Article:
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Welcome for new Dementia Friends plan
The government is launching a new Dementia Friends scheme, reports BBC News. It is modelled on a similar programme in Japan which has recruited three million volunteers.
Under the scheme sessions will be held in workplaces and public buildings across the country to explain what dementia is, what it is like to have the condition and what people can do to help if they meet someone with the symptoms.
It is part of plans to raise awareness of the condition, which affects nearly 700,000 people in England.
Prime Minister David Cameron has said that dementia is a national crisis and awareness of it is "shockingly low".The number of people with dementia is expected to double in the next 30 years because more people are living longer.
Welcoming the news, Chartered Psychologist Cath Burley, Chair of the Faculty of the Psychology of Older People of the Society's Division of Clinical Psychology, said:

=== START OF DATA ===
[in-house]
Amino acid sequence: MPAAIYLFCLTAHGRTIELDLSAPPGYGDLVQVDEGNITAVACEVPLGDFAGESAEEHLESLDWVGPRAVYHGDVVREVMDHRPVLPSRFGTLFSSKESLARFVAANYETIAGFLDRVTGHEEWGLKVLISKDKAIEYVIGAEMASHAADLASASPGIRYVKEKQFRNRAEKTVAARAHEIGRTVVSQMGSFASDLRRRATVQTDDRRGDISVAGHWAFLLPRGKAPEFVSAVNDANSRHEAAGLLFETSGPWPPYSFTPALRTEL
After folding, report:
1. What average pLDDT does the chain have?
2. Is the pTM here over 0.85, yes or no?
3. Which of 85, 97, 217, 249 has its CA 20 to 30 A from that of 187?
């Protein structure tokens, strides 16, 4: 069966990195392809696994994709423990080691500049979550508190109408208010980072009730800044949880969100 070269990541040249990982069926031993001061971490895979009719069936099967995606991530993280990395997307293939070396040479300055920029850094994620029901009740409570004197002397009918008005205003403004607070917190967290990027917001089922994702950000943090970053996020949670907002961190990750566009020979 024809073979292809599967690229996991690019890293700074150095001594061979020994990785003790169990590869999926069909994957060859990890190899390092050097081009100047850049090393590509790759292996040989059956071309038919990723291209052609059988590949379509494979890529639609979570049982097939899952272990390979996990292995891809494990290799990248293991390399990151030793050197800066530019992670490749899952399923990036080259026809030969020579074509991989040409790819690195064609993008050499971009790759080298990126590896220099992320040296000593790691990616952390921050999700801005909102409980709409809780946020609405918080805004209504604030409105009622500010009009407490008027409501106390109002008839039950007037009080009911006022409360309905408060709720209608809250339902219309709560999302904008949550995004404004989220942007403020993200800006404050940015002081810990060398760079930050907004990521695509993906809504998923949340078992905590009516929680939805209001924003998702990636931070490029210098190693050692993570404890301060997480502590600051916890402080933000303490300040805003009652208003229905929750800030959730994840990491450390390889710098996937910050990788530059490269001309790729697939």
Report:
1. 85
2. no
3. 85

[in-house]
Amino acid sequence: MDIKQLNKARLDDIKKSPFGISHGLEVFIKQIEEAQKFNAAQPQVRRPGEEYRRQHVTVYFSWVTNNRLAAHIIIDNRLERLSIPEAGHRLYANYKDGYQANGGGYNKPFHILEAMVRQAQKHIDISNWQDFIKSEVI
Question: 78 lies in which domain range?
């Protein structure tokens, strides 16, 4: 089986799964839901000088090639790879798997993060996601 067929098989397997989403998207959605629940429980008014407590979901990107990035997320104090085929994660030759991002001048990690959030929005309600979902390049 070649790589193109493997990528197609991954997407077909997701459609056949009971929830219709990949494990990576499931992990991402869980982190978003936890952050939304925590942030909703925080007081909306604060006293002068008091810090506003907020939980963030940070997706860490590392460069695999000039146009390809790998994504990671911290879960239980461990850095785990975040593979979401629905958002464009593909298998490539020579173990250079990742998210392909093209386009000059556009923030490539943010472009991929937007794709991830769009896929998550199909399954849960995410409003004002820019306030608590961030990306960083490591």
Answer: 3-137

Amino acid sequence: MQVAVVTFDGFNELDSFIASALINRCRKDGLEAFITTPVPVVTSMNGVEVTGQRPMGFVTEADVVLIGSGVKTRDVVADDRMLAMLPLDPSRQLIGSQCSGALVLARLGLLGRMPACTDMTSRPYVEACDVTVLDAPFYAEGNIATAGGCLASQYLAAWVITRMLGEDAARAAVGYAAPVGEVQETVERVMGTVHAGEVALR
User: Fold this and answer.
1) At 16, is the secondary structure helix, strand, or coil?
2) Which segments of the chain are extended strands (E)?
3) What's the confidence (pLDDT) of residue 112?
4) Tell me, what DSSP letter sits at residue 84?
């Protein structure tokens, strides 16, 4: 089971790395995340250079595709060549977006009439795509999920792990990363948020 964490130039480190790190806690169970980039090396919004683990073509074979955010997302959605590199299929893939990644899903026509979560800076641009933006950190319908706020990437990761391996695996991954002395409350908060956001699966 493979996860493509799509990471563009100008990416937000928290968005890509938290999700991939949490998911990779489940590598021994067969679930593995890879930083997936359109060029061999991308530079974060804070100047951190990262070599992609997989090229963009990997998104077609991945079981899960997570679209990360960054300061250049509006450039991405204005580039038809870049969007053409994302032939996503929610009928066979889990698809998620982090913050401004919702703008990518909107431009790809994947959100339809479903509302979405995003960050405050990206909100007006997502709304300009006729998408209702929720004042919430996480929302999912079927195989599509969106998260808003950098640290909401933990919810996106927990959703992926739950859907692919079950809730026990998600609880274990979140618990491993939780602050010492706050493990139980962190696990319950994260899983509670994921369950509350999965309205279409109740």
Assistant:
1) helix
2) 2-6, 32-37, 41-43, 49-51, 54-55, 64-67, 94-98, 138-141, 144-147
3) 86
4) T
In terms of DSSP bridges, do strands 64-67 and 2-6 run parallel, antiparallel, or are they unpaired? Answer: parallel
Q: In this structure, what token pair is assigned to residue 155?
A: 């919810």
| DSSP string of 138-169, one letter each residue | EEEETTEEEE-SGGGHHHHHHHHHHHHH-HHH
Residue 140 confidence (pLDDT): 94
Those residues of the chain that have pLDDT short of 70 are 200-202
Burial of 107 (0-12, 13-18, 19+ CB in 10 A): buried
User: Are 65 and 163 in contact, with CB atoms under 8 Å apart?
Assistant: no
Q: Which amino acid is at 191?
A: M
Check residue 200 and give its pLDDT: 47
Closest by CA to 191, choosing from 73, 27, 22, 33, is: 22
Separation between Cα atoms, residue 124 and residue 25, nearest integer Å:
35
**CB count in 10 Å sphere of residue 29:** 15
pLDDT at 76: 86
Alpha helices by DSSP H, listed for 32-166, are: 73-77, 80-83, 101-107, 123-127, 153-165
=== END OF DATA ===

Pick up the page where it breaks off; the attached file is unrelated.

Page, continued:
"The creation of this large body of people who will be more supportive of people with dementia, an, as importantly, their family carers, is great news and hopefully an achievable target.
"It is important not to forget that there is still a lot of misunderstanding among professionals both in primary care and A&E, general hospitals and care homes around the needs of people with dementia that needs to be addressed.
"Whilst the friendly community is to be applauded and much can be done we need to help people across health and social care see the person not the problem and treat them with understanding and respect.
"Psychologists have been at the forefront of developing the evidence base around person centred approaches to working with people with dementia for over 30 years. Supporting individuals and their families through the whole dementia journey of assessment, diagnosis care transitions and end of life care and working with other professionals and groups to ensure that staffs have a much better understanding of dementia and the challenges it brings.
"Not all memory problems are a dementia and stress and depression and infections can also lead to temporary memory problems. It is important to see your GP in the first instance. Psychologists work routinely all over the country to support older people with dementia and other mental health conditions "
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